8. The baby boomers will drive the bull market until they begin retiring in 2008.
Myth. In the long run, stocks are priced by value, not by some particular group that holds them.

9. Economists and analysts are usually right about our economic and market future.
Sort of. Economists and analysts are almost always bullish, so just as long as the economy and the markets tend to move higher over time, they will at least generally be “right.” But in the short term, they are just as likely to get fooled by the prevailing fads and fallacies as anyone else.

10. Of the various earnings measures, “operating earnings” are the number to follow.
Sort of. As far as I’m concerned, all accounting numbers are bogus, because they try to capture in one-dimensional statistics a set of complex, dynamic and elusive realities. But at least operating earnings are relatively transparent and simple, so by using them you know what you don’t know. See my column here two weeks ago for some of what’s wrong with “reported earnings.”

11. Low trading volume is bullish during declines.
Myth. In a decline, I like nothing better than a huge volume day that indicates a complete wash-out. That’s what makes a bottom.

12. Low volatility indexes mean complacency and signal a market top.
Sort of. My research shows that low volatility is less reliable as a top indicator than high volatility is as a bottom indicator. But it’s certainly true that when the stock market is calm, you’re never going to be able to buy stocks at fire-sale prices — you need a fire for there to be a fire-sale.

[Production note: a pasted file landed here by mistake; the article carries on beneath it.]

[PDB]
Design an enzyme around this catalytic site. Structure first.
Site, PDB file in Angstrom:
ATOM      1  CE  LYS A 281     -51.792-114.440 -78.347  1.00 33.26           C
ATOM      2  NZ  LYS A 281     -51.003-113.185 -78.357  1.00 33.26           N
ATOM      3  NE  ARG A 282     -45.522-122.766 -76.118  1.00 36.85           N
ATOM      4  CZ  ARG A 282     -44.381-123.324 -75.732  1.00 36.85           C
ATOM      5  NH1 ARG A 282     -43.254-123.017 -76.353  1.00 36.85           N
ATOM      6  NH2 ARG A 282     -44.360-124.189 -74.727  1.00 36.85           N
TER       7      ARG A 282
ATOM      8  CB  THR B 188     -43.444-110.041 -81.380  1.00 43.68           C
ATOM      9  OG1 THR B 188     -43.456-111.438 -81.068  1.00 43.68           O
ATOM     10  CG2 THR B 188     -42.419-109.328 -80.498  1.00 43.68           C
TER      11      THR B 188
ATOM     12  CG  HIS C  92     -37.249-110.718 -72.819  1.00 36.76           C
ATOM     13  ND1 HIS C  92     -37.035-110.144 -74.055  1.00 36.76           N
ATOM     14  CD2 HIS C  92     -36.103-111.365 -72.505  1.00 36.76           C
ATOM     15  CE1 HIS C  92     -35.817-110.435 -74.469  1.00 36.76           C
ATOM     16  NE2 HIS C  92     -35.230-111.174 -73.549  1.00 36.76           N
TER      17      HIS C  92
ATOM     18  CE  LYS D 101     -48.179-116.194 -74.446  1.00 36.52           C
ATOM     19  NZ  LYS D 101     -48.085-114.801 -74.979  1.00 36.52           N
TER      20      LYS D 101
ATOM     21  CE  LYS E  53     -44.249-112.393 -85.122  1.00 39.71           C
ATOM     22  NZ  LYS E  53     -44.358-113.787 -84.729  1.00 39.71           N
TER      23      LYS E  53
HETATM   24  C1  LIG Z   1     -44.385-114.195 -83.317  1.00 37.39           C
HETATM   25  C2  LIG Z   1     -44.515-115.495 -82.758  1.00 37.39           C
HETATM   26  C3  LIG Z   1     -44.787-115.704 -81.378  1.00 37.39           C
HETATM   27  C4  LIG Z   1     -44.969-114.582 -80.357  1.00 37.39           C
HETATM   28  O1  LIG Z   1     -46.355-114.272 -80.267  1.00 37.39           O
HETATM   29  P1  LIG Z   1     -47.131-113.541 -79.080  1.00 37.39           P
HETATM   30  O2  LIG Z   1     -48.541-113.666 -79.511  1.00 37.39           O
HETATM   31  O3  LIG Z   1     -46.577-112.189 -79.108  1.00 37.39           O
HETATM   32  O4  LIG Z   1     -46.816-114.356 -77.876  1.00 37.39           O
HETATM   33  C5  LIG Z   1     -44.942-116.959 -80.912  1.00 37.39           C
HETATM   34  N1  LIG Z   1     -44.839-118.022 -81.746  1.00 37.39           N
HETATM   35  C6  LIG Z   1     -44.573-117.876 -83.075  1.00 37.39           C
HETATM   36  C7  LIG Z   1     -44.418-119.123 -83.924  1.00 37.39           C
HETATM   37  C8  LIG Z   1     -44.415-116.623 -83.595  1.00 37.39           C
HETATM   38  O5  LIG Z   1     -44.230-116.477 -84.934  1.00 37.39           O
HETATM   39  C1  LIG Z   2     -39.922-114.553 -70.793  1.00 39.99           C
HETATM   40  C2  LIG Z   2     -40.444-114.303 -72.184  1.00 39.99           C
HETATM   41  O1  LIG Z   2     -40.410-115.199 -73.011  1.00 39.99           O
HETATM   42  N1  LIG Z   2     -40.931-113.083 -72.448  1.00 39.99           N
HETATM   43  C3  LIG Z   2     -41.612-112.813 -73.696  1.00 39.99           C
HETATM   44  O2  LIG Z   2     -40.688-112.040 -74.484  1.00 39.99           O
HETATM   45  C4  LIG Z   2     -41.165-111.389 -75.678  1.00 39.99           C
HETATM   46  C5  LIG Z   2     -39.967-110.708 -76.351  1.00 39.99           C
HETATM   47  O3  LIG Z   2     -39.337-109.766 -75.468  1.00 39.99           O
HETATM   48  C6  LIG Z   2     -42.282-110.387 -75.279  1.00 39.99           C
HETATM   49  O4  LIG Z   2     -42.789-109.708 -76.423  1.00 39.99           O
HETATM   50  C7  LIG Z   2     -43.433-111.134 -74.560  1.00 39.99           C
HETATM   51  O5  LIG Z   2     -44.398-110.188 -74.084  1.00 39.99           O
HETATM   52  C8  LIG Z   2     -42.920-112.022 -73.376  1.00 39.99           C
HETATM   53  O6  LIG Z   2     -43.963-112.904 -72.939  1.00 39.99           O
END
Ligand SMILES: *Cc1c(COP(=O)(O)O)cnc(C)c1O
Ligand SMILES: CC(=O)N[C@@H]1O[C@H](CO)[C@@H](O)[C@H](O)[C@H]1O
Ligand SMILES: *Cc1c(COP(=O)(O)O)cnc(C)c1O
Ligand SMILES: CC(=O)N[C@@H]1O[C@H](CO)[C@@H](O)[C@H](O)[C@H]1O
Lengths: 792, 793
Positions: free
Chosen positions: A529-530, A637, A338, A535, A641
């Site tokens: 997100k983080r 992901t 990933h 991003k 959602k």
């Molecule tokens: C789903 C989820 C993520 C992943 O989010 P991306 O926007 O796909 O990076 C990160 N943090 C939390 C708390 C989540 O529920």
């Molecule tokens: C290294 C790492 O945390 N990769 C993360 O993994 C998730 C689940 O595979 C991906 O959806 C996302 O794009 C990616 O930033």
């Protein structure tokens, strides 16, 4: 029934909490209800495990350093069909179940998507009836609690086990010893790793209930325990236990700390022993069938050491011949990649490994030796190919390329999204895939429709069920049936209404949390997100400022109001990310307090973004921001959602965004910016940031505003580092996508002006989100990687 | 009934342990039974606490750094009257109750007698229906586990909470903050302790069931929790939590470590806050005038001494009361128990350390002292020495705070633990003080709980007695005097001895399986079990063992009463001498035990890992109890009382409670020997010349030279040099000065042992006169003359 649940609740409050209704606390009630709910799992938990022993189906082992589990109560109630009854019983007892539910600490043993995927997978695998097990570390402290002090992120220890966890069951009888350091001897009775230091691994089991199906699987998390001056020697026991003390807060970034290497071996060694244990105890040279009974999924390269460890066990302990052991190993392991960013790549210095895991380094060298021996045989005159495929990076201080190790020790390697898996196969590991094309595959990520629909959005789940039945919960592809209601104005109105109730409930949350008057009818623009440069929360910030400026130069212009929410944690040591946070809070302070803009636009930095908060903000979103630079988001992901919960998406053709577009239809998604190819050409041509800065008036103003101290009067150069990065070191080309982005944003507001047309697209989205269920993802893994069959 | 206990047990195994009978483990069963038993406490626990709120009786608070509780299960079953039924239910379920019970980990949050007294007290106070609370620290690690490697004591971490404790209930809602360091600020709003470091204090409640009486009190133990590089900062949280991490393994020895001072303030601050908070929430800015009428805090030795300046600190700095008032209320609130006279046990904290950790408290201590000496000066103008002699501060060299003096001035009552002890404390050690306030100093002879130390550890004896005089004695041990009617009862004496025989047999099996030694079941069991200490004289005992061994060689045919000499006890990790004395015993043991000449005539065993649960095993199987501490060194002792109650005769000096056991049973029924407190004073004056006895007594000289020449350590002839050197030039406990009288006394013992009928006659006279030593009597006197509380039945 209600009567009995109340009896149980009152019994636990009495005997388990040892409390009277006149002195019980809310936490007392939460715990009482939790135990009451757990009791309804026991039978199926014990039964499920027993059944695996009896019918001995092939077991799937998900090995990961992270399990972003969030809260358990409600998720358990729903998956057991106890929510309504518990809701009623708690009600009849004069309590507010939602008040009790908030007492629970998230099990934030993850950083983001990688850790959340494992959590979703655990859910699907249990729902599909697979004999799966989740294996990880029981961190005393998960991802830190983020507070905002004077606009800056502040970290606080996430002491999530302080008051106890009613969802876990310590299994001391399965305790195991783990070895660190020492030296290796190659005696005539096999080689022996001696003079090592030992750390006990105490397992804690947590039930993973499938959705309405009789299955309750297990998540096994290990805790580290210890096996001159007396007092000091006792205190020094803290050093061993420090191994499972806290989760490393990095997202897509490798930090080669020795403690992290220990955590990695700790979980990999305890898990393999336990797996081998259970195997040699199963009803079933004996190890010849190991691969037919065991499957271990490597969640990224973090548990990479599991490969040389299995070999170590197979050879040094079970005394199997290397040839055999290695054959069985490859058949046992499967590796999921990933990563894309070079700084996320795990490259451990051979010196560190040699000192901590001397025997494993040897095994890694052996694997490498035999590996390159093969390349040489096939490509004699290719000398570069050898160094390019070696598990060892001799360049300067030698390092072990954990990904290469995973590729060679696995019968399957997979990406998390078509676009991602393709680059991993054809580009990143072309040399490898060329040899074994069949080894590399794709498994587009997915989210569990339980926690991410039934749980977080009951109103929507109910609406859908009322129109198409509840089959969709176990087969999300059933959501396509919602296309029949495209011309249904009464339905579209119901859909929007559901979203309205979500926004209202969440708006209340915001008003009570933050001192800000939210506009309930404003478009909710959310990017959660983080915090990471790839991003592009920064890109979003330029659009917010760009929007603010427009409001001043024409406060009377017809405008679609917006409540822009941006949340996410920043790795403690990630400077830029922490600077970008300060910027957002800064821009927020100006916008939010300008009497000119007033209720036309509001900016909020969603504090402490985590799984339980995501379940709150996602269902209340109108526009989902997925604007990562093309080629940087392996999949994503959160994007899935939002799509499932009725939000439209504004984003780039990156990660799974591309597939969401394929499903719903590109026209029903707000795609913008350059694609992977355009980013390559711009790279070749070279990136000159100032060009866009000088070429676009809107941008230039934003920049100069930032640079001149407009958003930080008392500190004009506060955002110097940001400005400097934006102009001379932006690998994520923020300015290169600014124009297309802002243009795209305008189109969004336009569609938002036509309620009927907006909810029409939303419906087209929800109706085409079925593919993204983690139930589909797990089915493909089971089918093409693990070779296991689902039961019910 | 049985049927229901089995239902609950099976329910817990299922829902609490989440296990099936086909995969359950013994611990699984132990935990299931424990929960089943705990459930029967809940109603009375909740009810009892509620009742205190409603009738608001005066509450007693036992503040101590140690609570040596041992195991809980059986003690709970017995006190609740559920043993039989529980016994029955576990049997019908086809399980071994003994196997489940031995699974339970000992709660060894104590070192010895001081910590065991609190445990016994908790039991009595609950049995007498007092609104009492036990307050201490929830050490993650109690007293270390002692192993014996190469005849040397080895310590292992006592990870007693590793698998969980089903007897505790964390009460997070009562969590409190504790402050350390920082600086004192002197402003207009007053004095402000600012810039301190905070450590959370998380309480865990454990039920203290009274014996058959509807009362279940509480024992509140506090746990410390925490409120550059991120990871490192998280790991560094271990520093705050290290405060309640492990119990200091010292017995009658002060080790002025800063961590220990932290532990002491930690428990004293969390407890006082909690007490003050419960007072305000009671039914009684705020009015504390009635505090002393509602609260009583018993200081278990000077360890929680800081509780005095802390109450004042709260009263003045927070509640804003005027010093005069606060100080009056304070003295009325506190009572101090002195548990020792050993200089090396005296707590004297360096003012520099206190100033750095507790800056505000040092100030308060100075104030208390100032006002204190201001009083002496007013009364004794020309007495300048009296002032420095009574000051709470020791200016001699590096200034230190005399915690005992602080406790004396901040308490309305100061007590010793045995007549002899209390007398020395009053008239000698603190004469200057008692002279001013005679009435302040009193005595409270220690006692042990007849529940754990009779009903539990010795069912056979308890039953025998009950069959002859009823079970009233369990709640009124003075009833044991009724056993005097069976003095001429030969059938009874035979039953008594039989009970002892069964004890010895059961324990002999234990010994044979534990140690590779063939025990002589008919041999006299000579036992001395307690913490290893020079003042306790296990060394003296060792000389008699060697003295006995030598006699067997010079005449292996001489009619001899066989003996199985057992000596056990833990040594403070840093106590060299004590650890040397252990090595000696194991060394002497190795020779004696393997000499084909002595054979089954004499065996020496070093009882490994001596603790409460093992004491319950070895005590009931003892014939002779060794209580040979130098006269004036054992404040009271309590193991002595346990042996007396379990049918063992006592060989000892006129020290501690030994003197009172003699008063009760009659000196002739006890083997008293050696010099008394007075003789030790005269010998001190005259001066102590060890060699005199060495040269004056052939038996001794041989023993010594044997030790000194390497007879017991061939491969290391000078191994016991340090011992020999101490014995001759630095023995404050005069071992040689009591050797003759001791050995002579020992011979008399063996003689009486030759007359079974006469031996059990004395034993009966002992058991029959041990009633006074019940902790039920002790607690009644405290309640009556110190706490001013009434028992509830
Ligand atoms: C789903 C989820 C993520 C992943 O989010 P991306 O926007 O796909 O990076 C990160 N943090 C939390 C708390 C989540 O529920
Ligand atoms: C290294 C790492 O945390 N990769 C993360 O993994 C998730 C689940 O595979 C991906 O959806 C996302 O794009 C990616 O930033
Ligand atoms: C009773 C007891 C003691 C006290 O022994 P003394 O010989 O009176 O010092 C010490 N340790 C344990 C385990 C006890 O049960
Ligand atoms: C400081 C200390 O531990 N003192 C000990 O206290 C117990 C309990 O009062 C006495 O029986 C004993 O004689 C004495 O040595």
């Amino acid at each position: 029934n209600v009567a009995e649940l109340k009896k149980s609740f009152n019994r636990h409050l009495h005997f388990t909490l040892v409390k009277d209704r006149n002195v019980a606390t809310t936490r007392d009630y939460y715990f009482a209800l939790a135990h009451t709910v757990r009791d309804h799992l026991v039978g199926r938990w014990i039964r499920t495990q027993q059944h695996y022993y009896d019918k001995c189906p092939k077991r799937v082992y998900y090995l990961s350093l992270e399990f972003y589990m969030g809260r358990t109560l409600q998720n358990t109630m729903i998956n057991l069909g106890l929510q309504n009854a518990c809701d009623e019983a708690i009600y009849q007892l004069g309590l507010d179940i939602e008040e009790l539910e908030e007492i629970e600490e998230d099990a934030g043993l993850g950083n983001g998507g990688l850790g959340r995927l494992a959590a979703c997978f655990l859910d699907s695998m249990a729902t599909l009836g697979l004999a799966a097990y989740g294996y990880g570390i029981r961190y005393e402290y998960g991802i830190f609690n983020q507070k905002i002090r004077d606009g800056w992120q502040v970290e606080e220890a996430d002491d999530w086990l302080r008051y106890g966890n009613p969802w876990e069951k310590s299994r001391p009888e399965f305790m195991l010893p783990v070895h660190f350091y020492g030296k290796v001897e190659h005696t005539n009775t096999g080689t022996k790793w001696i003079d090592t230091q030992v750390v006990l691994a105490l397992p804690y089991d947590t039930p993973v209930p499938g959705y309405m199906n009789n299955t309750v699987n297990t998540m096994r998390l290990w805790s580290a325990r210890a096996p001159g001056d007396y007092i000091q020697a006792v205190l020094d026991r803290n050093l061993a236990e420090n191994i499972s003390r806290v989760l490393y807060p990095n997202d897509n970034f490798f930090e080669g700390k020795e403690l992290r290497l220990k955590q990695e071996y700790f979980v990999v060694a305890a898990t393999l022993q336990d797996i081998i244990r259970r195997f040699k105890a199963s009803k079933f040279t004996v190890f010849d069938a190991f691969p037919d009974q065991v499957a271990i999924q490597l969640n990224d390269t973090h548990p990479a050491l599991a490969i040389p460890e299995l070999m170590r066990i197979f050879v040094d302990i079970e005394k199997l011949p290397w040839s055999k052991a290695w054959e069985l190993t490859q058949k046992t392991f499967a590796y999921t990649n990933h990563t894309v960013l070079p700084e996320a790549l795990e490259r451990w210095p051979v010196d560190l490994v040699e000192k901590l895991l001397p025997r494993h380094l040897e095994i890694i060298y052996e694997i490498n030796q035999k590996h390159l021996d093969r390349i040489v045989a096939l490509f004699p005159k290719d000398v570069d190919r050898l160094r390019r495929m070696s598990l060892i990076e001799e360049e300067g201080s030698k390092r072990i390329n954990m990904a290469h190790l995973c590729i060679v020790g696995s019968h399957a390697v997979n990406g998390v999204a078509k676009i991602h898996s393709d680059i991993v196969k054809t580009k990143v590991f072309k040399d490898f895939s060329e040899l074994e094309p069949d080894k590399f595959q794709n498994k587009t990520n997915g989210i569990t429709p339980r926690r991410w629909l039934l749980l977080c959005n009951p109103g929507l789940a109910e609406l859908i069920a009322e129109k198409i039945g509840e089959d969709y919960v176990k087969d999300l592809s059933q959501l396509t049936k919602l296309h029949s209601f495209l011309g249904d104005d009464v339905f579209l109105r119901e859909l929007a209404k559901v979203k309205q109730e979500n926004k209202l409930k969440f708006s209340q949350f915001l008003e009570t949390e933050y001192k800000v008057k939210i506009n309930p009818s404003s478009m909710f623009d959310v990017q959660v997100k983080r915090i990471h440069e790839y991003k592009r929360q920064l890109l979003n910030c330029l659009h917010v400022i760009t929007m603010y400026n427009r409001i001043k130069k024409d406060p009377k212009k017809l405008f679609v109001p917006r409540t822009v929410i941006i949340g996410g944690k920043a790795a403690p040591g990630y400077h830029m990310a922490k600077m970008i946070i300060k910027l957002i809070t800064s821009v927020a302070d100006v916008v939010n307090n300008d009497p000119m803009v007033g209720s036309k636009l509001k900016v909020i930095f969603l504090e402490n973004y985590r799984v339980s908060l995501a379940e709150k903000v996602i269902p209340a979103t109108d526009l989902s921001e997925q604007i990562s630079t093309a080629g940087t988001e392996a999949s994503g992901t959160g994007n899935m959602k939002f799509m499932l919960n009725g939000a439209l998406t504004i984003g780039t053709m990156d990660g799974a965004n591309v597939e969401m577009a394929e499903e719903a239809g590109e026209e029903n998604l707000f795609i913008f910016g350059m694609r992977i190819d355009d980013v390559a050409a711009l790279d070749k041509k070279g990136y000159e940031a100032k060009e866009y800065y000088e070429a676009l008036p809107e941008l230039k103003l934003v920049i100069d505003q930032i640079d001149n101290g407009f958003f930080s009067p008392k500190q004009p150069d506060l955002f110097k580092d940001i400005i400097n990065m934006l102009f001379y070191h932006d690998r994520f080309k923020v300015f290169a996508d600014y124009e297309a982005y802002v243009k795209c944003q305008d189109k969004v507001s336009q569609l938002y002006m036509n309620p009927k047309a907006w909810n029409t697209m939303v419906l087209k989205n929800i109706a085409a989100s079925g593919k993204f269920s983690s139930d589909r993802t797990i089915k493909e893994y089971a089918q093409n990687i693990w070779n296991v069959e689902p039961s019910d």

13. Technical analysis doesn’t require a different approach between bull and bear markets.
Sort of. Suppose this was true. Then you’d need to know in advance when you were in a bull market and when you were in a bear market. How would you know that? Obviously you couldn’t use technical analysis to find out. And if you did know that, what more would you need to know to get rich quick? The whole problem is that one never knows for sure (in fact, one never knows for sure whether the whole notion of bull and bear markets even exists).

14. Low interest rates imply lower debt payments.
Sort of. Think about your mortgage. If it’s a floating rate, then this would be true. If it’s fixed, then this would be false.

15. America will always be the world’s lone economic superpower.
Myth. Remember what I said earlier about statements including the word always

16. The U.S. dollar will therefore always be the world’s safe haven currency.
Myth. As I was saying…

17. “Wall Street is like a casino — except the house wants the investor to be the winner.”
Sort of. Yes, Wall Street makes money when you come to play its games. And yes, it wants you to be a winner so you can keep on playing. But that doesn’t mean investing is gambling. It’s gambling if you turn your mind off and invest foolishly, but if you are thoughtful about it, it’s very much a game of skill.

18. Inflation is a given in our future.
Myth. We’ve just come through five years of deflation, not inflation. And what can happen once can certainly happen again.